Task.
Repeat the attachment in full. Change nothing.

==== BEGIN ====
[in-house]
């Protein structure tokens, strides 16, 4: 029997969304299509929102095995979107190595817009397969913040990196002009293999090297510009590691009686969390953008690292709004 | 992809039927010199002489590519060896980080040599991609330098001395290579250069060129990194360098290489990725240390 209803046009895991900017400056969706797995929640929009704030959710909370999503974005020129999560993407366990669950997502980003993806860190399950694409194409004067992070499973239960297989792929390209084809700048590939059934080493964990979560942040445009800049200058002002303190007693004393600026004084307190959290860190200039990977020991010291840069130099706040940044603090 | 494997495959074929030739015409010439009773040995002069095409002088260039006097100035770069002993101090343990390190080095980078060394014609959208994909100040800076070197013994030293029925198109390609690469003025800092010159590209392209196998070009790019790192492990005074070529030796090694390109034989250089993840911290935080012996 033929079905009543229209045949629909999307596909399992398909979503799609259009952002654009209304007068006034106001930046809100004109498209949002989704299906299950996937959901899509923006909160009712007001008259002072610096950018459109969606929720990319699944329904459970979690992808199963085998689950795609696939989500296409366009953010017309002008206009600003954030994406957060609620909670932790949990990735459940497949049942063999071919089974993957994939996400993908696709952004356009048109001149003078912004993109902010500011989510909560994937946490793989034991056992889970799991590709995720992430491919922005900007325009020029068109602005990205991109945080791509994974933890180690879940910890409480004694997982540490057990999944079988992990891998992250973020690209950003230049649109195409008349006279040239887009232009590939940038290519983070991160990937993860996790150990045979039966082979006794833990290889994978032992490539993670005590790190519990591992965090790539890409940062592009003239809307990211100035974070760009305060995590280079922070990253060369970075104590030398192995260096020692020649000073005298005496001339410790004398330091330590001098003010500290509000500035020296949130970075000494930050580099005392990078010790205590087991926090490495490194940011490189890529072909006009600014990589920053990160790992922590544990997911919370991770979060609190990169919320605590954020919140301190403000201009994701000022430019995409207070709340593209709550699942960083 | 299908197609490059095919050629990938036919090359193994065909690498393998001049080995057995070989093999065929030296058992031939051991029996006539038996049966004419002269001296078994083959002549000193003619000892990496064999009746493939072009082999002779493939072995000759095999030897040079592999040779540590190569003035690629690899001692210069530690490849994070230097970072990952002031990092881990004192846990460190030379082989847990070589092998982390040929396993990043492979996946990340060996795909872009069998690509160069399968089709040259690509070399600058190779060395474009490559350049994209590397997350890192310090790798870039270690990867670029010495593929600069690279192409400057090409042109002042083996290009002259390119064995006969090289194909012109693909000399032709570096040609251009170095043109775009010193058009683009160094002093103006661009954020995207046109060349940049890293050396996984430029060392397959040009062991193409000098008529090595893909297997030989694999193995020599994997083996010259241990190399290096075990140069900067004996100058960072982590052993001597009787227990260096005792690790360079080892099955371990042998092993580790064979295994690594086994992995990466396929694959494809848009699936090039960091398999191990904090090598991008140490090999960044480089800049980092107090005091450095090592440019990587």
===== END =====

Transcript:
[in-house]
């Protein structure tokens, strides 16, 4: 029997969304299509929102095995979107190595817009397969913040990196002009293999090297510009590691009686969390953008690292709004 | 992809039927010199002489590519060896980080040599991609330098001395290579250069060129990194360098290489990725240390 209803046009895991900017400056969706797995929640929009704030959710909370999503974005020129999560993407366990669950997502980003993806860190399950694409194409004067992070499973239960297989792929390209084809700048590939059934080493964990979560942040445009800049200058002002303190007693004393600026004084307190959290860190200039990977020991010291840069130099706040940044603090 | 494997495959074929030739015409010439009773040995002069095409002088260039006097100035770069002993101090343990390190080095980078060394014609959208994909100040800076070197013994030293029925198109390609690469003025800092010159590209392209196998070009790019790192492990005074070529030796090694390109034989250089993840911290935080012996 033929079905009543229209045949629909999307596909399992398909979503799609259009952002654009209304007068006034106001930046809100004109498209949002989704299906299950996937959901899509923006909160009712007001008259002072610096950018459109969606929720990319699944329904459970979690992808199963085998689950795609696939989500296409366009953010017309002008206009600003954030994406957060609620909670932790949990990735459940497949049942063999071919089974993957994939996400993908696709952004356009048109001149003078912004993109902010500011989510909560994937946490793989034991056992889970799991590709995720992430491919922005900007325009020029068109602005990205991109945080791509994974933890180690879940910890409480004694997982540490057990999944079988992990891998992250973020690209950003230049649109195409008349006279040239887009232009590939940038290519983070991160990937993860996790150990045979039966082979006794833990290889994978032992490539993670005590790190519990591992965090790539890409940062592009003239809307990211100035974070760009305060995590280079922070990253060369970075104590030398192995260096020692020649000073005298005496001339410790004398330091330590001098003010500290509000500035020296949130970075000494930050580099005392990078010790205590087991926090490495490194940011490189890529072909006009600014990589920053990160790992922590544990997911919370991770979060609190990169919320605590954020919140301190403000201009994701000022430019995409207070709340593209709550699942960083 | 299908197609490059095919050629990938036919090359193994065909690498393998001049080995057995070989093999065929030296058992031939051991029996006539038996049966004419002269001296078994083959002549000193003619000892990496064999009746493939072009082999002779493939072995000759095999030897040079592999040779540590190569003035690629690899001692210069530690490849994070230097970072990952002031990092881990004192846990460190030379082989847990070589092998982390040929396993990043492979996946990340060996795909872009069998690509160069399968089709040259690509070399600058190779060395474009490559350049994209590397997350890192310090790798870039270690990867670029010495593929600069690279192409400057090409042109002042083996290009002259390119064995006969090289194909012109693909000399032709570096040609251009170095043109775009010193058009683009160094002093103006661009954020995207046109060349940049890293050396996984430029060392397959040009062991193409000098008529090595893909297997030989694999193995020599994997083996010259241990190399290096075990140069900067004996100058960072982590052993001597009787227990260096005792690790360079080892099955371990042998092993580790064979295994690594086994992995990466396929694959494809848009699936090039960091398999191990904090090598991008140490090999960044480089800049980092107090005091450095090592440019990587």